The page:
When we are young, we have a layer of fat under the skin (part of "baby fat") which is greatly reduced as we age. Hair researchers have noted the accumulation of this fat around healthy follicles that are vigorously growing hair, and its relative lack in around dormant follicles, and have postulated that these cells serve a supportive function for the hair follicle.

In animal studies, copper peptides have reduced or stopped the hair loss associated with chemotherapy for cancer. It must be emphasized that effects in in humans on hair follicle health are not as dramatic.

For scientific studies on copper peptides and hair growth, go to


Copper Peptides Appear to Help Hair Growth

At age 15, your scalp is thick and your hair follicles have a rich blood supply (red and blue) and are surrounded by many subcutaneous fat cells (yellow balls) that are felt to enhance the health of the hair follicles. This produces large hair follicles that produce thick shafts of hair. 

As you age and DHT effects set in, your scalp thins, its blood supply is diminished, and the layer of fat cells narrows. This provide less support and nutrition for your hair follicles. This produces smaller follicles that produce thin hair shafts.

Biologically effective copper peptides help reverse many of these effects. They help re-thicken your scalp, improve the scalp's blood supply, and rebuild subcutaneous fat. This produces a larger follicle that produces thicker hair shafts.

Questions or Advice?

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Call us at 1-800-405-1912 Monday Through Friday (8 am to 6 pm) PST

Calming Actions of CPs on an Irritated Scalp

Copper peptides often calm irritated scalp tissue that has been irritated with other hair growth stimulator such as minoxidil or retinoic acid. When using copper peptides for scalp calming, start with very light applications.

On a very irritated scalp, even gentle copper peptides can cause a brief stinging. But as your scalp repairs itself, it will become more protective and less sensitive to irritation by minoxidil, retinoic acid, or other items.

A Hair Loss Test

Hair experts have a number of suggestions. But remember, people who only want to cut your hair off usually know little about hair.

Count the hairs and put them into an envelope, marking the day and the number of hairs on the envelope. Use a new envelope every day. Do this for a two weeks.

A dermatologist can evaluate the quantity of lost hairs, and can determine whether the hairs are being shed, pulled out, or are breaking along the hair shaft.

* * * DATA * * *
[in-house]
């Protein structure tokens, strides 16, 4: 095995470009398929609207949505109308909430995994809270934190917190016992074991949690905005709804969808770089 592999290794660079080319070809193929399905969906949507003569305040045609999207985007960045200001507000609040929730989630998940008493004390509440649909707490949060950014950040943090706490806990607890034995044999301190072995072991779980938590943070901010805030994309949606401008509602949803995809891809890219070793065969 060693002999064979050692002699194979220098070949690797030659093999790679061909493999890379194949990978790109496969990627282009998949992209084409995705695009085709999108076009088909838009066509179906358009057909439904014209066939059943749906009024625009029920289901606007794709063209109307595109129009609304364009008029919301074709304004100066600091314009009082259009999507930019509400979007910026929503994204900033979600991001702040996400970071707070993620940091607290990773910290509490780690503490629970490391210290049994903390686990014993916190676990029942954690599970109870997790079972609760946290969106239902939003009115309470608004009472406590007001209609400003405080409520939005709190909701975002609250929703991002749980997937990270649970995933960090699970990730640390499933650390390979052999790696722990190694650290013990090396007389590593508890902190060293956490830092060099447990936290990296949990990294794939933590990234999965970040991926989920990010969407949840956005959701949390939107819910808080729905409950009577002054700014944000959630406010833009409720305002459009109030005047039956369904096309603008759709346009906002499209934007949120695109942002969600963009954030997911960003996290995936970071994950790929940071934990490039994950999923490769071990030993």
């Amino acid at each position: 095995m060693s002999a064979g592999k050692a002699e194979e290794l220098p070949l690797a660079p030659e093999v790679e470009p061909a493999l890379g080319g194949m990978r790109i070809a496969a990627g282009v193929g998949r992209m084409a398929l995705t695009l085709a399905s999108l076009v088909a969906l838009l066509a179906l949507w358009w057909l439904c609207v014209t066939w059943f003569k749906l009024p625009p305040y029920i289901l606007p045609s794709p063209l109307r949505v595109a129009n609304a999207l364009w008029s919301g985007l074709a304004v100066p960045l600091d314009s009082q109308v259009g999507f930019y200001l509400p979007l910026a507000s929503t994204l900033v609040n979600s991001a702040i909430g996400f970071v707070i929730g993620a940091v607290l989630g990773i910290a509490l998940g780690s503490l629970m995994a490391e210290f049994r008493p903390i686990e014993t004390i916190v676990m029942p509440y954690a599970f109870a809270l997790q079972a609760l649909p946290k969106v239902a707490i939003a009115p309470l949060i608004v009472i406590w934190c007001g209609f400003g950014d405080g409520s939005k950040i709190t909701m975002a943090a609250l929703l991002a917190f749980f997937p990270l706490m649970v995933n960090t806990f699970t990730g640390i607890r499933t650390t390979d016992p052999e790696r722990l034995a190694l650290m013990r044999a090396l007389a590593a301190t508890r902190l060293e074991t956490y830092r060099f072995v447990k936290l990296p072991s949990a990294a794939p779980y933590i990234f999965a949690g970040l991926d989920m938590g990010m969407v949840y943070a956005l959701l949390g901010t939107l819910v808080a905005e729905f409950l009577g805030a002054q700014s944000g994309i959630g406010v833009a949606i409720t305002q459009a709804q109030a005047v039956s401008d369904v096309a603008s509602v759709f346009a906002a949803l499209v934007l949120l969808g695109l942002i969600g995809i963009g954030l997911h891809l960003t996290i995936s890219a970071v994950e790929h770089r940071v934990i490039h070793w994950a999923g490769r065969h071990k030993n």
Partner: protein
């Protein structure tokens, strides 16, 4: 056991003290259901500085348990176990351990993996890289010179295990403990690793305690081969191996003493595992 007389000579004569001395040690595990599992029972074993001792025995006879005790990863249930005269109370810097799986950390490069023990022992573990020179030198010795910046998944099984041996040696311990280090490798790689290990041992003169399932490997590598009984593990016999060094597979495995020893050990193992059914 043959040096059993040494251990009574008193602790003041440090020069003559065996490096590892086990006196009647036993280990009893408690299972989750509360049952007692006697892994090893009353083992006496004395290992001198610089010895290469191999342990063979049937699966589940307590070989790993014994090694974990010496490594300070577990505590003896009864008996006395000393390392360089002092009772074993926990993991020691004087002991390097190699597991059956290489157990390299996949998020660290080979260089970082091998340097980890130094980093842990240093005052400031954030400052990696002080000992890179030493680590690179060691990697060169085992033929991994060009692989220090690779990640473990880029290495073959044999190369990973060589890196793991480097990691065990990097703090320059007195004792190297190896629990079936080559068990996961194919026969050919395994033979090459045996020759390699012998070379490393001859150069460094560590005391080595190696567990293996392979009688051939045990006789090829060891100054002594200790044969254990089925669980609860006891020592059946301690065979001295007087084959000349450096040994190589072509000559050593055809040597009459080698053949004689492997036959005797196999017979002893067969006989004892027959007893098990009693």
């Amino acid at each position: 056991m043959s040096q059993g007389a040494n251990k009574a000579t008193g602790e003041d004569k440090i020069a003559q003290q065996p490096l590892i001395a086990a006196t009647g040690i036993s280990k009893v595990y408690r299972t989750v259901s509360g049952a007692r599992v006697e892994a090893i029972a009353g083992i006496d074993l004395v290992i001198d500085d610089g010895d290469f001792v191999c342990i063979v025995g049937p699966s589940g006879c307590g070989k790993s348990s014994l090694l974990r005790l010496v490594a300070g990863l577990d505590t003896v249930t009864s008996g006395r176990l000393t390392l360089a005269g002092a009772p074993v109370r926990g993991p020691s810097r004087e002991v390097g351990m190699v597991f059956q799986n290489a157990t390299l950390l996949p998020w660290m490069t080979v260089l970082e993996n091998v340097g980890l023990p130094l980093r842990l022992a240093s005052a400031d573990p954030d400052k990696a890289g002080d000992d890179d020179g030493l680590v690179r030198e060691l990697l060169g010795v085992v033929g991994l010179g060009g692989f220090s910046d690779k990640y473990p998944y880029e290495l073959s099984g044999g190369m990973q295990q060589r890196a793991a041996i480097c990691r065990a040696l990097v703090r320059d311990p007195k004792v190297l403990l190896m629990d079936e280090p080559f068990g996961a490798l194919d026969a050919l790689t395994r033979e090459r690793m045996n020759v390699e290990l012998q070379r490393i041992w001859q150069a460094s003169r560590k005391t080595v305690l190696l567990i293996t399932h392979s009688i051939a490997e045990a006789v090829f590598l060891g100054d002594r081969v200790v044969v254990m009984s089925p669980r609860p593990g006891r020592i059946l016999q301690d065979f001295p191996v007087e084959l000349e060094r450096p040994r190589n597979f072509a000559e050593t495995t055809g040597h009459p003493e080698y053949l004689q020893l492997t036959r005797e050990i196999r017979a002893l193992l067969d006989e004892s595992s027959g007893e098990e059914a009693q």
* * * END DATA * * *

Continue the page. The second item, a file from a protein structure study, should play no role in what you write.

When a hair regrowth plan is started, you then have a reference base to determine the plan's success.

Bald Man

Androgenetic Alopecia: Cause of 95% of all hair loss

Androgenetic alopecia or pattern baldness is the most common cause of hair loss is pattern loss, which eventually affects over 70% of men and 15% of women. In classic pattern, hair thins in a horseshoe pattern, although more diffuse loss can also occur.

At least two sequential processes contribute to pattern loss, which begins as an abnormal sensitivity of the hair follicles to androgens of male sex hormones. In most people, this is followed by a local immune reaction to the affected hair follicle, which further damages it and is probably responsible for its eventual death.

Both men and women experience androgenetic alopecia, or pattern hair loss, although men generally experience a much greater degree of loss. In men, the pattern of loss starts with the hairline or back of the head, advances to thin the top of the head, and often leaves just a fringe of hair extending from ear to ear across the back of the head and affects the thinner, shorter, and less pigmented hairs of the frontal and parietal portions of the scalp.

In women, pattern loss tends to be more diffuse, and occurs over a broader area. Women usually do not have bald spots, but rather have overall thinning hair. In diffuse hair loss in men or women, over 50% of the hair can be lost before the results are readily apparent.

Miniaturization of Hair Follicles

The combination of various hormones, diseases, or injuries, and immune effects progressively "miniaturizes" the involved hair follicle. The smaller follicle produces a smaller, thinner hair and has a progressively shorter growth cycle.

The hair becomes shorter and finer with each hair cycle until it finally becomes "peach-fuzz". Thus, pattern loss is actually more a problem of replace ment than of loss.